Fred Jones coached at Wheatfield from 1954 to 1970, a total of 17 consecutive years. Fred’s widow, Rosemary, nee Longstreth, remembers her husband as a “serious, tough, no nonsense coach who loved the kids and the players. His devotion to Wheatfield simply cannot be matched.”
Coach Don Utter graduated from Purdue where he was a reserve on the 1940 basketball team. Don began coaching at Remington in the school year of 1940-41. Dean Putt was a senior on the Rifle’s basketball team that year and said, “Don was a great coach. We had a good team and we beat Rensselaer on their home court. We had high hopes of winning the sectional, but it didn’t work out.” Don Utter won two sectionals at Remington. He also served as Principal and attained the rank of Captain in the National Guard. Don Utter was a gentleman’s gentleman. He passed away in 2018 at the age of 101.
William (Slim) Bausman coached at Rensselaer from 1935 to 1942. In 1935, after years of mediocrity, Rensselaer began to show great improvement under Coach Bausman. Fan support was building, and the hometown newspaper excitedly proclaimed, “for the first time in years, we have hope for a sectional championship.” From 1935 to 1942, the Bombers won four sectionals in eight years under Slim Bausman. He left Rensselaer in the fall of 1942 and became an assistant coach at Purdue.
The Bombers went on to win nine more sectionals by 1962. And now you know which school was awakening from its’ slumber to challenge Brook for supremacy in the Newton- Jasper County sectional----------Rensselaer!!!
Sectional Champions 1923-1962
Site Year Champion
Brook 1923 Brook 15, Rensselaer 14
Brook 1924 Otterbein 18, Brook 6
Kentland 1925 Brook 33, Remington 28
Brook 1926 Brook 22, Morocco 9
Goodland 1927 Kentland 25, Goodland 24
Remington 1928 Goodland 28, Remington 26 Double OT
Rensselaer 1929 Brook 24, Goodland 12
Goodland 1930 Brook 18, Goodland 11
Remington 1931 Brook 28, Morocco 27
Brook 1932 Brook 24, Goodland 13
Rensselaer 1933 Brook 45, Goodland 30
Kentland 1934 Morocco 28, Kentland 27
Goodland 1935 Kentland 46 Morocco 17
Remington 1936 Rensselaer 26, Goodland 21
Morocco 1937 Goodland 36, Kentland 4
Morocco 1938 Rensselaer 45, Goodland 30
Rensselaer 1939 Rensselaer 34, Brook 19
Rensselaer 1940 Brook 35, Rensselaer 29
Morocco 1941 Rensselaer 34, Demotte 24
Morocco 1942 Brook 36, Mt. Ayr 24
Rensselaer 1943 Remington 37, Wheatfield 34 OT.
Morocco 1944 Mt. Ayr 38, Goodland 24
Rensselaer 1945 Remington 51, Demotte 45
Morocco 1946 Rensselaer 40, Brook 19
Rensselaer 1947 Rensselaer 53, Morocco 50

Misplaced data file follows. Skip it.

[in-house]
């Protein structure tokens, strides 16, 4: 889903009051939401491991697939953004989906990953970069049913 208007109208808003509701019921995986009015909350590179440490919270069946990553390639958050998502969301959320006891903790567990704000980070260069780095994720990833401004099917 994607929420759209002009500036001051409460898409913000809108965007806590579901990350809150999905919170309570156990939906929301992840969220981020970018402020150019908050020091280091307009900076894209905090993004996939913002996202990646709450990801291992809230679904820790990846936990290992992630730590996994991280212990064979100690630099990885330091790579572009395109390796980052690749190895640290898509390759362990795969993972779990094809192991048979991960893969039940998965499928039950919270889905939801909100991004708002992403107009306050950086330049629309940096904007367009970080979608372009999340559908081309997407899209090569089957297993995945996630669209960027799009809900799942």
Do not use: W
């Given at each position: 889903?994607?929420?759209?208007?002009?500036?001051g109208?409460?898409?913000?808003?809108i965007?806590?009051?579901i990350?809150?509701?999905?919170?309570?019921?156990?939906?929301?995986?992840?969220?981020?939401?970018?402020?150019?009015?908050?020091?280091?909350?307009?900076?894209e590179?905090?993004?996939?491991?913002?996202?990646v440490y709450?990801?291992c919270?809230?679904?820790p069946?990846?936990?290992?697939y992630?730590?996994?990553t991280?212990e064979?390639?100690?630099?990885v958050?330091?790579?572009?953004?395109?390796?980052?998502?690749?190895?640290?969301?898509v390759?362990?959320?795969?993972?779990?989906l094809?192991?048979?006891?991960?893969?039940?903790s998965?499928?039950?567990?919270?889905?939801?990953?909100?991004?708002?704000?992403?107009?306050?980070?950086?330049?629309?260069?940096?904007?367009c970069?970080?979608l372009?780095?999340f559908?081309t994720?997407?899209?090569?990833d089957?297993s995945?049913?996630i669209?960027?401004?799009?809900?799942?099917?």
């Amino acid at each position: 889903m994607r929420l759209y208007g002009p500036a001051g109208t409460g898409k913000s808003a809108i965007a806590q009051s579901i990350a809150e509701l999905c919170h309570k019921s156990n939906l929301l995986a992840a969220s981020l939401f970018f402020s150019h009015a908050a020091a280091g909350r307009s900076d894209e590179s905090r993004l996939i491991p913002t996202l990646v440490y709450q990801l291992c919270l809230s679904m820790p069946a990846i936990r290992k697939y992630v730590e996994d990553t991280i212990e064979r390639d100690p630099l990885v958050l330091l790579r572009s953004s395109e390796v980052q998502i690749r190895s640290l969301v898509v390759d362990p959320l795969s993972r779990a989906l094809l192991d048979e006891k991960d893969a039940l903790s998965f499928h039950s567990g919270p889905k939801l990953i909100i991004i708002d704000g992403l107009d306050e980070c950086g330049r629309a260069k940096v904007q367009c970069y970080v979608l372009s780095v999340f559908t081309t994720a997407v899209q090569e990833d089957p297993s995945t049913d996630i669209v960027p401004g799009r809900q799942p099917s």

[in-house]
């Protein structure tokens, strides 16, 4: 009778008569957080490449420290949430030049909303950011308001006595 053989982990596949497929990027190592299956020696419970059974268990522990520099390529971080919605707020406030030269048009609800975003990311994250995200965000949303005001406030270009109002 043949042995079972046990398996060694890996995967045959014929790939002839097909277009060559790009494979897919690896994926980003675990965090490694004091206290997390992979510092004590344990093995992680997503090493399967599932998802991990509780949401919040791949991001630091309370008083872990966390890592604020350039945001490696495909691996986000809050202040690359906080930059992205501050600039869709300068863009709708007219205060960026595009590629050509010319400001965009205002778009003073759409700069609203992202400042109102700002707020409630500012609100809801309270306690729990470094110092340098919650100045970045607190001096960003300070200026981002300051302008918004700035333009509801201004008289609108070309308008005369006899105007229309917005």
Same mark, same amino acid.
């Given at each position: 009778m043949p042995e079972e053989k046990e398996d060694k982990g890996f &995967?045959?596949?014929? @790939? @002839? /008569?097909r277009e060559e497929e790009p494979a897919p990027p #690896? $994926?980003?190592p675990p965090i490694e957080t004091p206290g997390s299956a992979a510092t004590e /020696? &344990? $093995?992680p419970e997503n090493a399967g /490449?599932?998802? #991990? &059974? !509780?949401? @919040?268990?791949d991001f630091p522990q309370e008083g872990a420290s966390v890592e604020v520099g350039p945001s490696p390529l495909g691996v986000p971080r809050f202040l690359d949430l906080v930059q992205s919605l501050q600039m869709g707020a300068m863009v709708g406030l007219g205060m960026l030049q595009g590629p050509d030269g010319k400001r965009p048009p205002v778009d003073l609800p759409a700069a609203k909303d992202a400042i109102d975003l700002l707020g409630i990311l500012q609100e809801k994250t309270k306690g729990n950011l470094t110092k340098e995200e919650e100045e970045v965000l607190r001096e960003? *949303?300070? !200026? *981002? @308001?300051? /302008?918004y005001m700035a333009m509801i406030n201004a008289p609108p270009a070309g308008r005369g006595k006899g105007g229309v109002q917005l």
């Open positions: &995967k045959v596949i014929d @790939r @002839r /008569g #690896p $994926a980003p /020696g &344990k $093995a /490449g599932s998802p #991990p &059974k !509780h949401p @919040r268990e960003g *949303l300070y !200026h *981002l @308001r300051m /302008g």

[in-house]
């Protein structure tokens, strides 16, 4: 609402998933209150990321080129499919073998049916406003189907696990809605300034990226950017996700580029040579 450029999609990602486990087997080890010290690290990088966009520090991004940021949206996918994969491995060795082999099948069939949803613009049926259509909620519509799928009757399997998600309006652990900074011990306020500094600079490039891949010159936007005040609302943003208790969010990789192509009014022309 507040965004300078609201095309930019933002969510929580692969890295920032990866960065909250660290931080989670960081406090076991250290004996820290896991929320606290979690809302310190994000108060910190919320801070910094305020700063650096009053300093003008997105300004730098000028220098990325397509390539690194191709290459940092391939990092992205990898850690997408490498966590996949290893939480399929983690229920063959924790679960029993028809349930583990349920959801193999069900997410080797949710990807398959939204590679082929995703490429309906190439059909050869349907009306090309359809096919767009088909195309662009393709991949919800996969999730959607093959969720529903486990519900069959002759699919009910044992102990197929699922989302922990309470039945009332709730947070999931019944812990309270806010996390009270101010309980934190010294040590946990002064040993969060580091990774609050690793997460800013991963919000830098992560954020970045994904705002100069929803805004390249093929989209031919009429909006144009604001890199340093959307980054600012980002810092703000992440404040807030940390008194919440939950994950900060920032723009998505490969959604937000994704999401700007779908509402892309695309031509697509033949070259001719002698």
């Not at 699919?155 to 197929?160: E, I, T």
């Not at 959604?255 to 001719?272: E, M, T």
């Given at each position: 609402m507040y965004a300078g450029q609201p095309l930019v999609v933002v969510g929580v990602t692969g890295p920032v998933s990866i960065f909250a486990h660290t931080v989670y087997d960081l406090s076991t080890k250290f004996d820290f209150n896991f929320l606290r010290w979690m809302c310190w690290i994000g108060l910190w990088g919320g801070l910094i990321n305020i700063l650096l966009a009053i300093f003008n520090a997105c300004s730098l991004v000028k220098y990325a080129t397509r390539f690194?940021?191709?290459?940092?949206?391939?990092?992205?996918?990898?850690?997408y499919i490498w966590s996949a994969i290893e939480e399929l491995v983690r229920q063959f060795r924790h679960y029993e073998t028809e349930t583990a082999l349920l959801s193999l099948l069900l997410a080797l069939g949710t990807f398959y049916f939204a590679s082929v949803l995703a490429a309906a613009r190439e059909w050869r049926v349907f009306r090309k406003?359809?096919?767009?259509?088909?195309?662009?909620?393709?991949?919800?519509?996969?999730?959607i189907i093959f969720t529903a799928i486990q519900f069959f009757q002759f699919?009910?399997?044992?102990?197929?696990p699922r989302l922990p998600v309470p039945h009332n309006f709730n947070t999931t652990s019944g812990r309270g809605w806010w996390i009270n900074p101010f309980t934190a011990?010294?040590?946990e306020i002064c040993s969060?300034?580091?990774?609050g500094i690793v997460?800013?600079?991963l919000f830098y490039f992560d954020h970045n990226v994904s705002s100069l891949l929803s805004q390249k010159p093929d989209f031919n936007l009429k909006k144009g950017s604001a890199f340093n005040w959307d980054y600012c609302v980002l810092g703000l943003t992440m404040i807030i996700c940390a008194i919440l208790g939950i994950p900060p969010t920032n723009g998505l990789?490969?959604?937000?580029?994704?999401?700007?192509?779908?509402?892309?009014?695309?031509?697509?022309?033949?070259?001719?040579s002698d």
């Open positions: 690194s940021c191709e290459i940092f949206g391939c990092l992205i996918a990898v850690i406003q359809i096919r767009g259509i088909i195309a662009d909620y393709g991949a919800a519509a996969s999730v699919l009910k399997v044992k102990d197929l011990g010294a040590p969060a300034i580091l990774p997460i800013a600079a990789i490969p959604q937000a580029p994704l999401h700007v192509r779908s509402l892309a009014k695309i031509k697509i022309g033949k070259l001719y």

St. Joe 1948 Brook 50, Mt. Ayr 40
St. Joe 1949 Rensselaer 49, Wheatfield 26
S. Joe 1950 Wheatfield 59 ,Remington 39
St. Joe 1951 Rensselaer 69, Kentland 43
St. Joe 1952 Kentland 58, Morocco 55 OT.
St. Joe 1953 Brook 61, DeMotte 46
St. Joe 1954 Kentland 57, DeMotte 45
St. Joe 1955 Goodland 66, Brook 58
St. Joe 1956 Morocco 65, Rensselaer 58
St. Joe 1957 Rensselaer 73, Wheatfield 48
Kentland 1958 Rensselaer 49, Brook 47 double OT.
Kentland 1959 Rensselaer 59, Wheatfield 45
Kentland 1960 Goodland 61, Kentland 38
Kentland 1961 Rensselaer 82, Wheatfield 71
Kentland 1962 Fowler 66, Kentland 63
St. Joe 1962 Rensselaer 43, Remington 42
the IHSAA yearbook shows Kentland only scored 4 points in its’ loss to Goodland in the 1937 championship game. This may be an error.
Championships by school from 1923 to 1962: Rensselaer 13, Brook 12, Kentland and Goodland 4 each, Morocco and Remington 2 each, and Mt. Ayr, Otterbein, Wheatfield, and Fowler 1 each.
In 1962, the IHSAA assigned a sectional to Kentland and also a sectional to Rensselaer (played at St. Joe) The tournament structure that had held the two counties together in one sectional for some 40 years was crumbling under the weight of the coming statewide school consolidation, and by 1970, Goodland, Brook and Kentland became South Newton; Morocco and Mt. Ayr became North Newton, while Fair Oaks, DeMotte, Wheatfield, and Tefft became Kankakee Valley. Remington joined Gilboa and Wolcott to form Tri-County, and Rensselaer---well, Rensselaer is still Rensselaer, and frankly — I like it that way!
Memories of St. Joe
Pete Gentry played on Brook’s 1948 championship team and said, “the fans at St. Joe were just crazy fanatical! Everybody was yellin’ and screamin’. And to top it off, everybody booed the big school—Rensselaer!”
Rensselaer star guard Dale Dewees played on the varsity for three years. When asked about the booing, Dewees just smiles and good naturedly says, “We never let it bother us. We just played the game.”
Carl Curran, Kentland Blue Devils, class of 1953, will never forget playing the Morocco Beavers in the 1952 championship game. Kentland was behind one point with six seconds left in the game. The Beaver’s had the ball out of bounds. When they went to inbound the ball, Kentland’s defense had the four Beavers nearest the ball covered, so the inbounder threw a long pass meant for a teammate down court near the Kentland basket. Curran was able to intercept the pass and drive toward the basket where he was fouled before he could get a shot off. Curran was awarded one free throw and tied the game. The Blue Devils won in overtime. It was their first championship since 1935.
1948 Demotte graduate Irene (Muraida) Evans was a yell leader. She has wonderful memories of St. Joe not only about the sectional, but also about how her personal life intertwined with the college. Her brother, John, studied two years for the priesthood at St. Joe, and she had many friends there. Mrs. Evans is a retired teacher.
For me personally, attending the sectional at St. Joe and sitting in the huge fieldhouse embodied the excitement, dreams, hopes, and disappointments of fans and players alike. It was one of the most exciting and enjoyable things I have ever done.
I urge everyone to take an interest in, and support your local high school basketball team. You will have wonderful memories that will last a lifetime!
Thanks to the Rensselaer and Brook Libraries, Larry and Becky Lyons, Carl and Suzy Curran, Memory Lane Basketball, Hoosier Hoops, Indiana High School Basketball, New and Old, Glory Days, Jasper County Historical Society, Barbara Misch, Kentland Museum, Nancy Prue, Mrs. Schultz, Ms. Babcock, Richard Miller, Beth Basset, Marsha Gratner, Dean Putt, Bob McKee, Brian Chamness, Vintage Views, Arlene R. Potts, Greg Whaley, IHSAA and Morocco Alumni website—and everybody else I carelessly forgot to mention!